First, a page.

Wireside Chat with Lawrence Lessig

From Creative Commons
Revision as of 20:42, 27 January 2010 by Allison (talk | contribs) (Created page with '{{Event |Mainurl=http://openvideoalliance.org/2010/01/announcing-wireside-chat-with-lawrence-lessig/ |EventType=Presentation |date=2010/02/26 |end_date=2010/02/26 |Location=Cambr…')
(diff) ← Older revision | Latest revision (diff) | Newer revision → (diff)
Jump to: navigation, search


Presentation in Cambridge, MA, USA



On February 25th, 2010, our first Wireside Chat kicks off with a live webcast of a talk by Lawrence Lessig. Professor Lessig will deliver a talk on fair use and politics in online video from Harvard Law School in Cambridge, MA. Come in person, or tune in to a live webcast at http://openvideoalliance.org/lessig.

In conjunction with the Cambridge event, the Open Video Alliance is hosting live webcast screenings in cities around the world. Many of these screenings will be followed by special presentations. In New York, check out a curation by the ReMixed Media Festival. In Los Angeles, take part in a Critical Commons workshop. If you’re in the San Francisco Bay Area, check out a live audiovisual demonstration by Eclectic Method at Stanford Law School. For more details, or to host your own event, visit http://openvideoalliance.org/lessig.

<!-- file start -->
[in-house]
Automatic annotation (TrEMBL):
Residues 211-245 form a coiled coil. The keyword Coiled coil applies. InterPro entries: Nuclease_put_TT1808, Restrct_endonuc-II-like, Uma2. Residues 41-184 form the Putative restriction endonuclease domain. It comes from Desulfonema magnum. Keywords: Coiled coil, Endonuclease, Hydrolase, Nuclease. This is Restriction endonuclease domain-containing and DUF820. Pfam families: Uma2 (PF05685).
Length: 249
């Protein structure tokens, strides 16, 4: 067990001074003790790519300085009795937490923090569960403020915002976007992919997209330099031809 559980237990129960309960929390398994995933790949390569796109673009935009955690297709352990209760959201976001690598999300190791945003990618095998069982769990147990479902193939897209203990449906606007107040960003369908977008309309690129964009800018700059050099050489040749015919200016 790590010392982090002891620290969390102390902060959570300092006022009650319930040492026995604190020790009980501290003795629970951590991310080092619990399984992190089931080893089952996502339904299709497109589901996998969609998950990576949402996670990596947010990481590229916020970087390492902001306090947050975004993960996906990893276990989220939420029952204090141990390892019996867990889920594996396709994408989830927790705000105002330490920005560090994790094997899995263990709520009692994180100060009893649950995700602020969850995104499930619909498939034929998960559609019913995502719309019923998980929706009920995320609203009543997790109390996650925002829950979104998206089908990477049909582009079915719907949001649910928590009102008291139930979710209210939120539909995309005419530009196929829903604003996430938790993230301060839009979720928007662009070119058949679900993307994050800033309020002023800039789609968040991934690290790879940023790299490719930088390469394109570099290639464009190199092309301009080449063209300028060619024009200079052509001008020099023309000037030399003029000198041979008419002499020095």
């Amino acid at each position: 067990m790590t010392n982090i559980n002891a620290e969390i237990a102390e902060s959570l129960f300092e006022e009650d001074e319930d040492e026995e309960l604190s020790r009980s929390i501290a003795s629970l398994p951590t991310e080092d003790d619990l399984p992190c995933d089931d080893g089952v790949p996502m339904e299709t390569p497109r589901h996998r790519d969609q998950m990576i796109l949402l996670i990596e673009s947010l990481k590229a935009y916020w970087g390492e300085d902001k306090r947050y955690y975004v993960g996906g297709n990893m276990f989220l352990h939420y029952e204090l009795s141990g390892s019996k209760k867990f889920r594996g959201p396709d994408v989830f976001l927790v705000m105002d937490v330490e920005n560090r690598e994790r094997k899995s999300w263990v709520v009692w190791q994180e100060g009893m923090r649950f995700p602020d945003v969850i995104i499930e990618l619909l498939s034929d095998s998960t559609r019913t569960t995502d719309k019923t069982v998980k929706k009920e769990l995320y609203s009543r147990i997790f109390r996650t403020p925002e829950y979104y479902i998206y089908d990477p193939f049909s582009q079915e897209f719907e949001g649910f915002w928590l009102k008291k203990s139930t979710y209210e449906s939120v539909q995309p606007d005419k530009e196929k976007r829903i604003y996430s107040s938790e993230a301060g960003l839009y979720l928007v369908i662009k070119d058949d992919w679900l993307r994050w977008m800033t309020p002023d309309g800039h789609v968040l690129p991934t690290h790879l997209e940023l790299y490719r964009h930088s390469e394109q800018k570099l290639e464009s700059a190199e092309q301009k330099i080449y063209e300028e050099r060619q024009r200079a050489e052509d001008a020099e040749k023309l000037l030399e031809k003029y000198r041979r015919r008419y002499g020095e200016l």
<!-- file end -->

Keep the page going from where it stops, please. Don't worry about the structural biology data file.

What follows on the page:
Lessig’s talk will explore copyright in a digital age, and the importance of a doctrine like fair use. Fair use allows limited use of copyrighted material without requiring permission from the rights holders, and is essential for commentary, criticism, news reporting, remix, research, teaching and scholarship with video. As a medium, online video will be most powerful when it is fluid, like a conversation. Like the rest of the internet, online video must be designed to encourage creative expression and political participation, not just passive consumption.

Lessig is the author of the seminal Code and Other Laws of Cyberspace, and many other important works. For much of his career, Professor Lessig focused his work on law and technology, especially as it affects copyright. His current work addresses “institutional corruption” relationships which are legal, even currently ethical, but which weaken public trust in an institution. Lessig serves on the boards of Creative Commons, MAPLight, Brave New Film Foundation, Change Congress, The American Academy, Berlin, Freedom House and iCommons.org.